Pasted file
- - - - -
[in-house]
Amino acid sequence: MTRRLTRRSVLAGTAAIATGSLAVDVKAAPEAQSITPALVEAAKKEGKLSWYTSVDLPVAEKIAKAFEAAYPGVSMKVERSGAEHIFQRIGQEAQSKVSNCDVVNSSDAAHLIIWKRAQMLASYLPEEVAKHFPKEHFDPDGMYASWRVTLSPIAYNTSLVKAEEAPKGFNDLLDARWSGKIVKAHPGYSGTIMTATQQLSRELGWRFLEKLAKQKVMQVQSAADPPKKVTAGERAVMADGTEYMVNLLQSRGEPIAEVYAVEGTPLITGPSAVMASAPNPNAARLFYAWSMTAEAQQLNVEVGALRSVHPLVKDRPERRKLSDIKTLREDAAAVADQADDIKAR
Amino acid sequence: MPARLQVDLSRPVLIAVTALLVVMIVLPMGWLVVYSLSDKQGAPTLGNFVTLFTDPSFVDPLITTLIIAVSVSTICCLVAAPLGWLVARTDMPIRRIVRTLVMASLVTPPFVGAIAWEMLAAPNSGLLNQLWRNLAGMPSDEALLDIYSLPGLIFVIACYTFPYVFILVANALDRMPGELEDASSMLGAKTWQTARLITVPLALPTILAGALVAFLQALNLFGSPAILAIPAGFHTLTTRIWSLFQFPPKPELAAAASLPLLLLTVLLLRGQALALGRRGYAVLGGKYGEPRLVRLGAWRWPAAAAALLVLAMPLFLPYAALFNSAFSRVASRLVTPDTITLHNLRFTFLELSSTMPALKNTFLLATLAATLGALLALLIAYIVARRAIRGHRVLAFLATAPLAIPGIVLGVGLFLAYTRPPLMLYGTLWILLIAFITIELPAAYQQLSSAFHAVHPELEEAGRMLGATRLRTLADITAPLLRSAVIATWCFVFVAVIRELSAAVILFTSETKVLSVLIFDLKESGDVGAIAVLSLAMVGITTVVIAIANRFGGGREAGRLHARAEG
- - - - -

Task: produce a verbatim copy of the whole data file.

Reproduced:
[in-house]
Amino acid sequence: MTRRLTRRSVLAGTAAIATGSLAVDVKAAPEAQSITPALVEAAKKEGKLSWYTSVDLPVAEKIAKAFEAAYPGVSMKVERSGAEHIFQRIGQEAQSKVSNCDVVNSSDAAHLIIWKRAQMLASYLPEEVAKHFPKEHFDPDGMYASWRVTLSPIAYNTSLVKAEEAPKGFNDLLDARWSGKIVKAHPGYSGTIMTATQQLSRELGWRFLEKLAKQKVMQVQSAADPPKKVTAGERAVMADGTEYMVNLLQSRGEPIAEVYAVEGTPLITGPSAVMASAPNPNAARLFYAWSMTAEAQQLNVEVGALRSVHPLVKDRPERRKLSDIKTLREDAAAVADQADDIKAR
Amino acid sequence: MPARLQVDLSRPVLIAVTALLVVMIVLPMGWLVVYSLSDKQGAPTLGNFVTLFTDPSFVDPLITTLIIAVSVSTICCLVAAPLGWLVARTDMPIRRIVRTLVMASLVTPPFVGAIAWEMLAAPNSGLLNQLWRNLAGMPSDEALLDIYSLPGLIFVIACYTFPYVFILVANALDRMPGELEDASSMLGAKTWQTARLITVPLALPTILAGALVAFLQALNLFGSPAILAIPAGFHTLTTRIWSLFQFPPKPELAAAASLPLLLLTVLLLRGQALALGRRGYAVLGGKYGEPRLVRLGAWRWPAAAAALLVLAMPLFLPYAALFNSAFSRVASRLVTPDTITLHNLRFTFLELSSTMPALKNTFLLATLAATLGALLALLIAYIVARRAIRGHRVLAFLATAPLAIPGIVLGVGLFLAYTRPPLMLYGTLWILLIAFITIELPAAYQQLSSAFHAVHPELEEAGRMLGATRLRTLADITAPLLRSAVIATWCFVFVAVIRELSAAVILFTSETKVLSVLIFDLKESGDVGAIAVLSLAMVGITTVVIAIANRFGGGREAGRLHARAEG